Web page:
Wow! Your child is already 4 years old. How exciting! This is an amazing age as you will begin to see your little boy or girl grow into their own and start to develop a colorful personality. You will also see great improvements in vocabulary, hand-eye coordination, emotional behaviors, and more. If your child’s birthday is coming up, then let's look at what you should expect as far as the developmental milestones at 4 years of age.
- Your child should begin developing an imagination and a desire to play with other children at this age.
- They should know their full name, be able to count to ten, and use pronouns correctly, among other language achievements.
- They should be able to catch a ball and dress themselves, among other motor achievements.
Emotional and Social Milestones at 4 Years of Age
At this age, you will see a vast improvement in your child’s vocabulary, and with it you will also see that they have more opinions and beliefs than they did in the past. Although they are very much still a little kid, they will seem so much more mature than they were in the past.
Yes, there will still be a chance that they may throw a fit or tantrum from time to time. That is because they are still trying to understand their new emotions, and it can be hard to adjust. It is not uncommon to see your 4-year-old feel hurt or sad. They may even change their behavior based on the environment. Ex. playground vs. kitchen.
It is also at this age that your child will be more interested in forming friendships, though they may still be a bit shy.
According to the CDC, some of the many new emotional and social milestones you may witness include:
- They have a greater imagination and like to pretend they are someone else or something else (dog, teacher, etc.)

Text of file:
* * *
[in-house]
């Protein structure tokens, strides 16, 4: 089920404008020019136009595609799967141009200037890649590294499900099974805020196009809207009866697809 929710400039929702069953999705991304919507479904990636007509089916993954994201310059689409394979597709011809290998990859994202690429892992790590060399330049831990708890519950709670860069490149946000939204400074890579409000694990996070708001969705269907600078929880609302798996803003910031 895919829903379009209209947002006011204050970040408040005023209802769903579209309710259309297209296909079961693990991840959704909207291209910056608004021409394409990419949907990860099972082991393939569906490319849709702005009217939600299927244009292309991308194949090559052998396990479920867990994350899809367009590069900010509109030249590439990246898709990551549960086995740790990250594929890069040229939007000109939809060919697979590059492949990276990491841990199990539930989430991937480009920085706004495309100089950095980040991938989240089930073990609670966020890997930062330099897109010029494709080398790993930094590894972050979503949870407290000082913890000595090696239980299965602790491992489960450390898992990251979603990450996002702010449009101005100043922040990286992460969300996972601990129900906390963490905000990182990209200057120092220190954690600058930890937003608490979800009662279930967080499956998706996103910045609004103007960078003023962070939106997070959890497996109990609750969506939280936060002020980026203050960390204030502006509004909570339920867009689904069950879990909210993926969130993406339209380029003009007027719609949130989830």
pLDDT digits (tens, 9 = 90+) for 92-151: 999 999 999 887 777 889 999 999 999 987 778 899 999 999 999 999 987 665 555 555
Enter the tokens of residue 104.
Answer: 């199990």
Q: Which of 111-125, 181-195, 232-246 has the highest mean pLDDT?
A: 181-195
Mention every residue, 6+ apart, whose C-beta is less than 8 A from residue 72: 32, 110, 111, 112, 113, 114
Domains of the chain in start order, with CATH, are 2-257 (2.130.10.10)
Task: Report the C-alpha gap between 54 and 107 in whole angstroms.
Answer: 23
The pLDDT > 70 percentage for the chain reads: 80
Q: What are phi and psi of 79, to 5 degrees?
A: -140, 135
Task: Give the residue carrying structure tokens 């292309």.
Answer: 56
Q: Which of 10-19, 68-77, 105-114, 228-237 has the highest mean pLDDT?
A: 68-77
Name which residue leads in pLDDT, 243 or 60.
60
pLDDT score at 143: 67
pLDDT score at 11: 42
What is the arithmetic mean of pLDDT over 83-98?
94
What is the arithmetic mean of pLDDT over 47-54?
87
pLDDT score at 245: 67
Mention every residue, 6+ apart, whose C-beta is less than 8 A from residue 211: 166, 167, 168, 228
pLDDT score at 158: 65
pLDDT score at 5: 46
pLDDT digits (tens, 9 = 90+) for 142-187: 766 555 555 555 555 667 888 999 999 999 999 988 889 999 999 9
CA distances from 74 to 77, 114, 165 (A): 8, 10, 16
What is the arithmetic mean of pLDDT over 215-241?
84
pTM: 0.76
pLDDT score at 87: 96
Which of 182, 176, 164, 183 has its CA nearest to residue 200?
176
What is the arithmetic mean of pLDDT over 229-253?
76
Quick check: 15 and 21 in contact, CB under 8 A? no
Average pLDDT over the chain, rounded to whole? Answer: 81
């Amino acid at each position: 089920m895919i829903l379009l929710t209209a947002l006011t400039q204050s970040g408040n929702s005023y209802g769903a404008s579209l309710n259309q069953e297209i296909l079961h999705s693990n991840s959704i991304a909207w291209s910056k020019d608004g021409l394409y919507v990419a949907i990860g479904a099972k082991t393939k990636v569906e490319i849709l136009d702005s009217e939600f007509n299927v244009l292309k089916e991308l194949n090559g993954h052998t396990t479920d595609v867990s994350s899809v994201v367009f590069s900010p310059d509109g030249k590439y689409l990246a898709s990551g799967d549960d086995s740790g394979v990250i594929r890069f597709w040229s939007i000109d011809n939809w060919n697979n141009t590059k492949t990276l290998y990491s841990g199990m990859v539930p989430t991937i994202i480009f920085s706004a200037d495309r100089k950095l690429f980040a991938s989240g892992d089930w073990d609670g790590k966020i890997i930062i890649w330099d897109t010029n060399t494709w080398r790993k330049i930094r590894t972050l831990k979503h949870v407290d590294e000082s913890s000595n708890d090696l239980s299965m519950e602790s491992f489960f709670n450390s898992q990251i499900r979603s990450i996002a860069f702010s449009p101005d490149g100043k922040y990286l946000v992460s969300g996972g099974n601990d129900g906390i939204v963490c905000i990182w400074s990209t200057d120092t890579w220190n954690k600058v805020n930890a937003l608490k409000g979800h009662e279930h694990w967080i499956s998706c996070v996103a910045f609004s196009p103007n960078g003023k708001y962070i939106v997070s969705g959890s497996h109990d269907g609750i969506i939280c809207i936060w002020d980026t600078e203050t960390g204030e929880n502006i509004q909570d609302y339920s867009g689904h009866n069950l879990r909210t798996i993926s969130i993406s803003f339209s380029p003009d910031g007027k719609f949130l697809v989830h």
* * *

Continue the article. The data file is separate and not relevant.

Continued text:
- They will ask to play with other kids.
- Your child may go out of their way to try and comfort a sad friend or family member.
- They will be more aware of dangers like heights or spills.
- They will be excited to help you around the house.
Language and Cognitive Developmental Milestones at 4 Years of Age
If your child was moderately quiet before, that will likely all change when they turn 4 years old. It is at this point that they will be able to say between 1000-2000 words or more. They will also be able to speak in complete sentences, have back-and-forth conversations, and answer simple questions. Their language should be so clear at this point that a stranger would understand what they are saying.
Your child will also become much more helpful at this age because they will be able to follow simple multi-step commands. You should be able to tell them to get their toy from the couch and put it in their toy box, and they can do it without much trouble.
You will also find that your 4-year-old is also more inquisitive, and they will love to learn new information. They will love to hear new stories, and they will be able to recount parts of those stories later on. Since they are so imaginative at this age, your 4 year old will also love coming up with their own stories. Many children will also love to sing songs that they know or make up their own.
Your child will learn a slew of new cognitive abilities by this age, including:
- Ability to name a few colors.
- They can tell what will come next in a story they have heard before.
- They will be able to count to 10.
- Ability to draw a person with three or more body parts.
- Use pronouns appropriately.
- Identify some shapes
- Say their first and last name.
- Identify some letters.
- Say a sentence with at least four words.
Your child will only have a basic understanding of how to read at this age. However, they will be able to hold a book the right way and turn the pages from front to back. They will also recognize some upper and lowercase letters and identify when two words rhyme.
Movement and Physical Milestones at 4 Years of Age
Among the most exciting developmental milestones at 4 years of age is the improvement in movement and coordination. At this time, your child will likely be more excited to play games outside and kick and throw a ball. Many kids will also like to play board games and do art projects.
Your child will be much more active at this age. You will see a lot more jumping and running, and they may even be able to stand on one foot for a few seconds and walk backward for a few steps. Although it is not a guarantee, some kids are able to ride bikes or scooters at this age, though it will take some work. Many 4-year-olds will also be able to kick a ball to you and throw a ball overhead.